Social inequality, population health, and housing: a study of two Vancouver neighborhoods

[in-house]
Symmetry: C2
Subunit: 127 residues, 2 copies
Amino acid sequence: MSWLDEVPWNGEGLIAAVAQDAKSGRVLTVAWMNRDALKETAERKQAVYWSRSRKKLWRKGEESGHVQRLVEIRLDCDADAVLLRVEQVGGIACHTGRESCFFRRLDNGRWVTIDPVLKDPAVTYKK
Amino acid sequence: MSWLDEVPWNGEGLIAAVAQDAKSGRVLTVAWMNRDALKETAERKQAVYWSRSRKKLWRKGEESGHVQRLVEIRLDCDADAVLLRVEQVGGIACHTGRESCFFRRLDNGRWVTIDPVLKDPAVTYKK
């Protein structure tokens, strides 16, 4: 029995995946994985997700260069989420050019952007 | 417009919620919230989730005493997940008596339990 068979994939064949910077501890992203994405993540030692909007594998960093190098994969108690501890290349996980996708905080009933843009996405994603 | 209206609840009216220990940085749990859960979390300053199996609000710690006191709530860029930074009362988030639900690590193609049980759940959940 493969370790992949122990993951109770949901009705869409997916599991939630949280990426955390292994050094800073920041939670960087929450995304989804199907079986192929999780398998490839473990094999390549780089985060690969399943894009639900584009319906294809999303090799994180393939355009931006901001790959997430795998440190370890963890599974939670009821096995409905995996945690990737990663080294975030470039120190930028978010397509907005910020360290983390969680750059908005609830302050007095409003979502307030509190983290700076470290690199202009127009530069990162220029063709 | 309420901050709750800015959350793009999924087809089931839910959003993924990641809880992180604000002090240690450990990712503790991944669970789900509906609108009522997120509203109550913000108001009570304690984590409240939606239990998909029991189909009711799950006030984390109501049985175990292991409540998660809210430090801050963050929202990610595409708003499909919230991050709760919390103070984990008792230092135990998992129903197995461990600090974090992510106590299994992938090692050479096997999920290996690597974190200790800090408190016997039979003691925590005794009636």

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An emerging 'population health' framework for understanding inequalities in health identifies the structure of social relations as a crucial factor in shaping human health and well-being. However, there remain many unanswered questions about the mechanisms through which social relations might shape the health status of individuals and populations. Housing plays a central role in routinized, everyday life and is fundamentally bound up in one's sense of control over life circumstances. Housing and property markets are significant in the distribution of wealth and are an important arena for the exercise of power relations. Housing circumstance is crucial in the production and reproduction of social identity and social status. Yet little has been written on the influence of inequalities generated by housing and housing markets on the differential distribution of health status. This paper reports the findings of an empirical study of relationships between socioeconomic status, material and meaningful dimensions of housing and home, and health status. Our objective is to investigate ways in which material and meaningful factors related to housing, in conjunction with other dimensions of the social environment, could operate to produce systematic inequalities in health status across social strata. The data for this study were obtained through a mailed survey of residents in the Mount Pleasant (n = 322) and Sunset (n = 206) neighborhoods of Vancouver, Canada. They suggest that, in concert with commonly used measures of socioeconomic status, both material and meaningful dimensions of housing and home are associated with health status in a direction consistent with expectations following from our analytical model.
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